That’s what makes for lasting legacies. True enough, no amount of peace-building will keep, no amount of nation-building will stand, in a society that excludes part of itself. But to be able to uplift the poor, to be able to care for the poor, you must first see them. That is something our officials, quite apart from our bishops, have yet to do.

Just as well, during his Sona, P-Noy spoke of a partnership with the people, a partnership that would see his initiatives through. I’m not so sure of this not just because in a very person-oriented country like ours, the quality of the next president will matter greatly, if not decisively, in whether we will preserve today’s gains or not. It’s also because that partnership is at best tenuous and at worst nonexistent.

The relationship is largely one-way. That P-Noy is trying to do his damnedest best for his countrymen is patent, that his countrymen are doing their damnedest best for him is not. Curiously, though P-Noy won on the strength of People Power, or “volunteer power,” and though he has the power to unlock that power, he hasn’t. His government’s mantra these last three years has been “Ask not what the people can do for their government, ask what government can do for its people.” While commendable, particularly coming after a regime dedicated to screwing the people, it is not enough.

What’s needed is a real partnership, which is the people themselves, as in Brazil, taking part in their own governance, in their own uplift. What’s needed is a new activism, the kind a generation had long ago, which proposed to change the world, the kind today’s generation can have, if the Pope is to be believed, and heeded. Government alone can’t do it, whether “it” is stopping corruption or stopping poverty. It needs the help of the people. Who better than the youth? Who better than those most abundantly possessed of restlessness and idealism and dreams? Who better than those best qualified to trouble the world?

Who better than those who can mess up iniquity?

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  • Stun Black

    Inertia? momentum?…baka gravity…patuloy ang pagbulusok ng gobyerno sa gates of hell…abolish pork barrel….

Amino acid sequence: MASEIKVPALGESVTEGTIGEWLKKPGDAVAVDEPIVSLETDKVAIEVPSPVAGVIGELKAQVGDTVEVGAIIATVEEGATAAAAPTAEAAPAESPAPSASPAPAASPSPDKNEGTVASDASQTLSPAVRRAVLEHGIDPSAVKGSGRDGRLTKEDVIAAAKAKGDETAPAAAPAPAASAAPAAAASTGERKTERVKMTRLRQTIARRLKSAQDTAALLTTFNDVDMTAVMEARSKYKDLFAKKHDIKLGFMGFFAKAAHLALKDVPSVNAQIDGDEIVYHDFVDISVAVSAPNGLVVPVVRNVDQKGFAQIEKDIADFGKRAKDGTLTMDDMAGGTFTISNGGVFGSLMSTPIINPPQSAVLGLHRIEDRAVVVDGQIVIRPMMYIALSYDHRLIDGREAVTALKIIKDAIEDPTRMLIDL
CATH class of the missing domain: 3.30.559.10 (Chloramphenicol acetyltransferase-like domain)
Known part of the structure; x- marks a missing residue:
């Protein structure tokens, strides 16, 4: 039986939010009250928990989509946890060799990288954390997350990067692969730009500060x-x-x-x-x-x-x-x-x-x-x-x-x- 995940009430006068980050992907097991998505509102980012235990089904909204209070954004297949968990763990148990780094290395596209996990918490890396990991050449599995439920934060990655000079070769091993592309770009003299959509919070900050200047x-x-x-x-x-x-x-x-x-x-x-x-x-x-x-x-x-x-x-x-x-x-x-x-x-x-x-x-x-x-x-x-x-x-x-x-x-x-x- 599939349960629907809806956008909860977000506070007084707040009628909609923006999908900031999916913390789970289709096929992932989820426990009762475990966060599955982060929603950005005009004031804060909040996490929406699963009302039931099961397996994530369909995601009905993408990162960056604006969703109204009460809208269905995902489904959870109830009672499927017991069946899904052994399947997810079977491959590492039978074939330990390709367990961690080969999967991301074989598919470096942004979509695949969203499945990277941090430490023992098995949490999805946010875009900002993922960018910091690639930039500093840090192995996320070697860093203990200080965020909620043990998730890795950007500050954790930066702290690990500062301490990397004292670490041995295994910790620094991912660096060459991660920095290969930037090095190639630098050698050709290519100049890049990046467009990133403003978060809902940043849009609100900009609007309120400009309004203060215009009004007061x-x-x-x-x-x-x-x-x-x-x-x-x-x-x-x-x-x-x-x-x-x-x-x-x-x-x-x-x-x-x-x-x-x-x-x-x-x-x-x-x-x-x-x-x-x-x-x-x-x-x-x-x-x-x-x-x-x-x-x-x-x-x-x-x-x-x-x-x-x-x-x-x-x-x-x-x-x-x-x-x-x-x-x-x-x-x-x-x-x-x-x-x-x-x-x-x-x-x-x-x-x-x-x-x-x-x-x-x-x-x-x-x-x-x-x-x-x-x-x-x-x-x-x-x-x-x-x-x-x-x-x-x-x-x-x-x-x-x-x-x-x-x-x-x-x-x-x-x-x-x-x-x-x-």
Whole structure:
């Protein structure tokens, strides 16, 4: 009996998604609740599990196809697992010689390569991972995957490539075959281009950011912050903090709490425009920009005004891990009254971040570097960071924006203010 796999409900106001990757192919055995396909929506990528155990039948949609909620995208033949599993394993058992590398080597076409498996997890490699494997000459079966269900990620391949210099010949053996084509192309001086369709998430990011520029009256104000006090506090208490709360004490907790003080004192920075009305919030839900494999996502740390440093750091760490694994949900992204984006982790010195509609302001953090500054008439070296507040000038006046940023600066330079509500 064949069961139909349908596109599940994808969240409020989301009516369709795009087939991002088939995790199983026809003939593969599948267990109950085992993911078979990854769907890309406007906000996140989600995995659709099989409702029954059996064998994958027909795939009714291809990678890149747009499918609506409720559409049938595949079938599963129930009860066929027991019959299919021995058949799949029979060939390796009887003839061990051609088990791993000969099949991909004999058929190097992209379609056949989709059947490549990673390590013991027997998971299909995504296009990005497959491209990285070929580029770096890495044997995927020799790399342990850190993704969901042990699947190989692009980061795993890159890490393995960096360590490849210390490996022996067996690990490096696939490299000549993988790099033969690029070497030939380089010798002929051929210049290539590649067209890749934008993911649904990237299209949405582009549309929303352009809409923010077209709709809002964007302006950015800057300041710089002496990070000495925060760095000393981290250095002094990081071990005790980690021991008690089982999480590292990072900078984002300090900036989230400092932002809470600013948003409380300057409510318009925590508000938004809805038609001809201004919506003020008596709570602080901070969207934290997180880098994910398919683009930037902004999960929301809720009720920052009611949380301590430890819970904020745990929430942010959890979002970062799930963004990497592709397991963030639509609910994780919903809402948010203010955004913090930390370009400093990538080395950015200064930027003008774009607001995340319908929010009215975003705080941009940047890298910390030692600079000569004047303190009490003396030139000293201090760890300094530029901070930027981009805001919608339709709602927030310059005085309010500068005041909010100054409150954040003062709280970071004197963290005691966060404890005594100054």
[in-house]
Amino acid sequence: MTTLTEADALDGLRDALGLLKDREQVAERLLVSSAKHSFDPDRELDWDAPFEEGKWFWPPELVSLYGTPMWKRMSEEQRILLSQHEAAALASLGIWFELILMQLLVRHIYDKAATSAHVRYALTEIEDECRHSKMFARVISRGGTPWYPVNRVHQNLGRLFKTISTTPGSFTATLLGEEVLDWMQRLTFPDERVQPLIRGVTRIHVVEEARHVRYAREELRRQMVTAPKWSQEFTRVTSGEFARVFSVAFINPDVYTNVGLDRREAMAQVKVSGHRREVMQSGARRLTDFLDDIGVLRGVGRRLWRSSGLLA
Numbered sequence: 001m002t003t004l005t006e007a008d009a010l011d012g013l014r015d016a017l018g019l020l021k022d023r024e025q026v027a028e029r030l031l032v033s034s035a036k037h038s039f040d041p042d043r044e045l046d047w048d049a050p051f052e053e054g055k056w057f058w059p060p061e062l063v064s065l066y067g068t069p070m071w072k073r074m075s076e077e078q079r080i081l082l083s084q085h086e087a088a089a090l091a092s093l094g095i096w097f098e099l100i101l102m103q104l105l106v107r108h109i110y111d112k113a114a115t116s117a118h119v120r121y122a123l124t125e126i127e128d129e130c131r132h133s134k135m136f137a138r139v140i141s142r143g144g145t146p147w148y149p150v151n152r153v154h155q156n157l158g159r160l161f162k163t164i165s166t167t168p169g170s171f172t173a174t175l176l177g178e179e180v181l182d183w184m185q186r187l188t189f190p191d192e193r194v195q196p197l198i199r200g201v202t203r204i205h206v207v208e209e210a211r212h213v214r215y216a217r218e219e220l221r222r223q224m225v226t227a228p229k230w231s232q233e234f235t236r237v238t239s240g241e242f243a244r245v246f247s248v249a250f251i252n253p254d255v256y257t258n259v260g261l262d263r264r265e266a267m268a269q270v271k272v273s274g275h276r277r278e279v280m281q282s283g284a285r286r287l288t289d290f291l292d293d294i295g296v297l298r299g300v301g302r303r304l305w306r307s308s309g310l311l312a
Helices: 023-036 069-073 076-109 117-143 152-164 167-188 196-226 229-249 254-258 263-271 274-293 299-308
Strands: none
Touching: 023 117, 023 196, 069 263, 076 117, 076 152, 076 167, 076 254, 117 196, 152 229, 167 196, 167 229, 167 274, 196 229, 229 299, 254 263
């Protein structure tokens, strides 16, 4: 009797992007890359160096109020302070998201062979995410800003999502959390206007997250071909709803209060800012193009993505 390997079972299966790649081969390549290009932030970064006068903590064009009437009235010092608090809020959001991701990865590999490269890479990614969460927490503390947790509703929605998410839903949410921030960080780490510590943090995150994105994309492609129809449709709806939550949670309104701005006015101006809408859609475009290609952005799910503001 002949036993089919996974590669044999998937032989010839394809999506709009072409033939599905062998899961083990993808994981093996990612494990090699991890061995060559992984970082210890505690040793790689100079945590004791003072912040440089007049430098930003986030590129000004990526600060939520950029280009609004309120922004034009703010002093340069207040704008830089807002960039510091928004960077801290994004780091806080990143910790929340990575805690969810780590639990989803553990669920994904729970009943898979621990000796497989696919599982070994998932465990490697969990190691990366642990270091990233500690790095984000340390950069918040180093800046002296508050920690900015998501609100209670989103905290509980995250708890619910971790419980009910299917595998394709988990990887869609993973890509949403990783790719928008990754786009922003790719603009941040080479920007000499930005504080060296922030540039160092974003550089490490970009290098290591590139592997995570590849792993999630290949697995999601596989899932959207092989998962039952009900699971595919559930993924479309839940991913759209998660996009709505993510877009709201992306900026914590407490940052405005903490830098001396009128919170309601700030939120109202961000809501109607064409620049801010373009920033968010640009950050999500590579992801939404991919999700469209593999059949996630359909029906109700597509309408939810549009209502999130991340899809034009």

• Descarte5E


  • Joseph M. Velarde

    The metaphor perfectly fits! You’ve got a radically driven Pope with an undisturbed, distant Church; on the other hand, you’ve got a rhetorically moral President with a stubborn, corrupt government. The Pope only has to contend with his Church; whereas, the President has to deal with both the government (politics) and the Church. As for the Philippines, I guess everyone still has this mentality that PNOY has all the answers. He doesn’t. In 3 years, he has already spoken so much about “Daang Matuwid” but this remains to be empty words.Though we haven’t heard of any news about him being corrupt, PNOY is surrounded by crooks, hypocrites, and traditional politicians, and by Filipinos who’ve chosen to go to the streets or who’ve become immune to all these. He maybe following his “Daang Matuwid” but everyone around him goes the other way. The same thing goes with the Pope’s call for the priests and bishops–they remain unpracticed. Whenever I hear PNOY’s speech and reckon that his words won’t even spark any form of change, I feel the need for the Philippines to undergo what France, Vietnam, Korea, and Japan have all been through–a revolution or a war that led to purification and re-education of the society. The cancer is deeply rooted, and there’s no other way but to annihilate all the corrupt, the enemies of the state rather than keep them sitting in congress and wait for another generation to forget all their wrongdoings. In effect, the future generation will learn from this–that the older generation was so corrupt it led to their demise–and build a better Philippines. [Just a thought…No provocation intended…]

    • cogito728sum

      It might be just a thought but a thought very just indeed. Merci!

  • pabulaka